I use a couple different cashback apps, but I definitely have some favorites. Ibotta is my most-used cash back app, because I use it weekly when I buy groceries. After I buy my groceries, I open the ibotta app, and take a picture of my receipt, and the app will pay me for certain items I’ve purchased. Sometimes I will only get a dime back, other times I will get $5 dollars back, it all just depends on what I’ve purchased, but it is always better than not using the app and not getting any money back. If you aren’t already using Ibotta, you can use this link, and my referral code: chhlxak. If you use this code, I will get a small kick back, and in the future if you refer other people to the app, you will also get a kick back. Win-win!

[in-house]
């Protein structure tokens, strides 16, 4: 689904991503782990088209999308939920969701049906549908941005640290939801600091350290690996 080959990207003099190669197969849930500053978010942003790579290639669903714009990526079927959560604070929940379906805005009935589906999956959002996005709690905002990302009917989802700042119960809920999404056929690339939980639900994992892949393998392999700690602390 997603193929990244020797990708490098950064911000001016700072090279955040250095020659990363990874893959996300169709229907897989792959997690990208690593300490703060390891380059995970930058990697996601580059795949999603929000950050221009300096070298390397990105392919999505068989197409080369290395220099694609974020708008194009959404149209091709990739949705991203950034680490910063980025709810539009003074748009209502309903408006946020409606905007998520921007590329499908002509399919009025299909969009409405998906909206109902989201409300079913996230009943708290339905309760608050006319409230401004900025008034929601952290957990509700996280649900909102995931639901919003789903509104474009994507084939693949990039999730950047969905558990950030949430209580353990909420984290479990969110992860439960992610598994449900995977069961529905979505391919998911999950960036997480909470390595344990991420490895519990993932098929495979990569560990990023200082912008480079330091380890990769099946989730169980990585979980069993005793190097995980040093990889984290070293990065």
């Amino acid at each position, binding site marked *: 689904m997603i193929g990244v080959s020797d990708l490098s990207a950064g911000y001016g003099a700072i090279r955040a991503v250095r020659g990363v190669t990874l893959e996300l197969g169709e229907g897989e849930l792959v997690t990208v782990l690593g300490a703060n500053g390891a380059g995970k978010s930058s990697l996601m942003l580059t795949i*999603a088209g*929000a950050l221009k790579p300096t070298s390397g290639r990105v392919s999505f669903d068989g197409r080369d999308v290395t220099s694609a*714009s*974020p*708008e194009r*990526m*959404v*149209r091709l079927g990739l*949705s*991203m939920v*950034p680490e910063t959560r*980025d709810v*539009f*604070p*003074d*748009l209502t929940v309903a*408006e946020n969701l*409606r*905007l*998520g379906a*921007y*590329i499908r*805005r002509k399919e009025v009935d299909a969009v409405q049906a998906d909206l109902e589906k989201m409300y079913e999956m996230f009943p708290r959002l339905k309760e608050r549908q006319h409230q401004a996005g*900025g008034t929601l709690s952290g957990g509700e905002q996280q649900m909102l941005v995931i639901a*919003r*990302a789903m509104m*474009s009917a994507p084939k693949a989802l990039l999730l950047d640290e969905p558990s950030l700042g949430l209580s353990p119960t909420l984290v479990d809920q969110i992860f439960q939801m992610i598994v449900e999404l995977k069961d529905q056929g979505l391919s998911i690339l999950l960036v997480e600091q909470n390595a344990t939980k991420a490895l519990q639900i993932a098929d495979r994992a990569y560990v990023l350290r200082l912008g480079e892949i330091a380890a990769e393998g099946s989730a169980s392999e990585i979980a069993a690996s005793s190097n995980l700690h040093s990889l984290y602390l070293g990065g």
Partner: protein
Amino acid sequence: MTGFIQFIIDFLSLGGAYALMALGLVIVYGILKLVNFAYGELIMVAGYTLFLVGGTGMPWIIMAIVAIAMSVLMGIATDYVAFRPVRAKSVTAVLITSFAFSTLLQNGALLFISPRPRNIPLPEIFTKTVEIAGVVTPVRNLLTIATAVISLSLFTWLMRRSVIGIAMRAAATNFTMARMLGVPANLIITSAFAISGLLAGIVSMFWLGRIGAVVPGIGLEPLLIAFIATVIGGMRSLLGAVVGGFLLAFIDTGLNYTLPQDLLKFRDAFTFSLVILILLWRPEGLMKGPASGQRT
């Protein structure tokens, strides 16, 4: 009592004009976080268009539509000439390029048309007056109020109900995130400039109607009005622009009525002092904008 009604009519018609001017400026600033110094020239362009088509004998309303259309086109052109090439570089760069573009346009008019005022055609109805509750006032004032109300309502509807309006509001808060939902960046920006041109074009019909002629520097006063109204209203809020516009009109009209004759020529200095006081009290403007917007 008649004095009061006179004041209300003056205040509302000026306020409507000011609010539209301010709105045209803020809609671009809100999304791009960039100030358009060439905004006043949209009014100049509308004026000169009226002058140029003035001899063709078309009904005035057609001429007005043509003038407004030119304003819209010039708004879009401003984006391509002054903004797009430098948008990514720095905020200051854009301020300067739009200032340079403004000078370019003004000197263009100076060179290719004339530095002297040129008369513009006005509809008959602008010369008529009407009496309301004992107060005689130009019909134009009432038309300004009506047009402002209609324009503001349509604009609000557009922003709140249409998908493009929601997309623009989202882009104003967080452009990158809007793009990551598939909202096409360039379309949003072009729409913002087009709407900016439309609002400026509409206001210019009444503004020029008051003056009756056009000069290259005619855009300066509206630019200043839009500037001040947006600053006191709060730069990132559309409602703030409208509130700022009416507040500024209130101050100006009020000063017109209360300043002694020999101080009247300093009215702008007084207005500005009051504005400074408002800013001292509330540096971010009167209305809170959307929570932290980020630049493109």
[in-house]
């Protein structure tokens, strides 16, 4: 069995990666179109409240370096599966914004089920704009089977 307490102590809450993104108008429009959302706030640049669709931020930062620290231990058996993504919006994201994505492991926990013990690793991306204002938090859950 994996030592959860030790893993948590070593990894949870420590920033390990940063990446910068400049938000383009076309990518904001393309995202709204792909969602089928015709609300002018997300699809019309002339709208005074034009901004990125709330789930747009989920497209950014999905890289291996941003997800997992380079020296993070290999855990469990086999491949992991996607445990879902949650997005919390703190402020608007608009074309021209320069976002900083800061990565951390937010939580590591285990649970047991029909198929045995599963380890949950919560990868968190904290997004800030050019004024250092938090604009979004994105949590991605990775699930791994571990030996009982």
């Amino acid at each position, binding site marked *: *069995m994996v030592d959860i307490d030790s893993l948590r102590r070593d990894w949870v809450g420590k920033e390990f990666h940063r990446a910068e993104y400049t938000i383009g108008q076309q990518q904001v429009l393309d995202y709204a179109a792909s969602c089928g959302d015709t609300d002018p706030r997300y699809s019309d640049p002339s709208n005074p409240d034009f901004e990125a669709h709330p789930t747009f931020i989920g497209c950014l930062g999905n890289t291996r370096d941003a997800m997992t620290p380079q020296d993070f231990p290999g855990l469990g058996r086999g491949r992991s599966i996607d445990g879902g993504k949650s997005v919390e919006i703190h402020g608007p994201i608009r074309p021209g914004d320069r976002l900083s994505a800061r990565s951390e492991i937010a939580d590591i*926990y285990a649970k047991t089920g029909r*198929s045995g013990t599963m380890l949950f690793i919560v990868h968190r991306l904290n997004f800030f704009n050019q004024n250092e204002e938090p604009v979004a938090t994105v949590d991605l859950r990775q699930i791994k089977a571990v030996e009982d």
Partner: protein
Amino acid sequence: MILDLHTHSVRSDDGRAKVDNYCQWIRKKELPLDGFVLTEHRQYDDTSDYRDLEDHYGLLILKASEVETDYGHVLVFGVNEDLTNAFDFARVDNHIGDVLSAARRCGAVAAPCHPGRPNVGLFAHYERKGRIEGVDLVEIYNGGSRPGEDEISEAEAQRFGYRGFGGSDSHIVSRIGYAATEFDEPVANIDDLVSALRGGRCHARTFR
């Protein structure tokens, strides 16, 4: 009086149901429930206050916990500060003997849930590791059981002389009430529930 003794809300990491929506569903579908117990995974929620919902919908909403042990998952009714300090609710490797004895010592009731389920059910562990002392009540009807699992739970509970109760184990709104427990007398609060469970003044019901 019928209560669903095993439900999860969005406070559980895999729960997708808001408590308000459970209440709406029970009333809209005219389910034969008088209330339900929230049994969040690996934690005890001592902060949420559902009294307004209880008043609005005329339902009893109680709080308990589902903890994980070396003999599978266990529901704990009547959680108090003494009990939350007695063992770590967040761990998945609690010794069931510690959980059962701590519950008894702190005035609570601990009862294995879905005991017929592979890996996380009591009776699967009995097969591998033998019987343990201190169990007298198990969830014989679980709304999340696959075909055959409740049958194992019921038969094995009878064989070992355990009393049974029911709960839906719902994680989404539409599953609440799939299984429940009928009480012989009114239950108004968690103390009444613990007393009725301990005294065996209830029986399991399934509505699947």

You need to get your cash back balance to $20 before you can cash out via Paypal, but I usually do that once a month.
The other app I use often is Dosh. With Dosh, you link your credit card (or debit card, or multiple cards), and if you make a purchase at a participating store, restaurant, gas station, etc, you will get cash back. Similar to Ibotta, you can use this link to access the app (I get a kick back if you use the link, and you will too if you share the app), and you need to rack up $25 before you can cash out. This app takes me a little longer to earn cash (due to where I live, and not as many businesses participating), but I cash out about once every four months. Click here to learn more!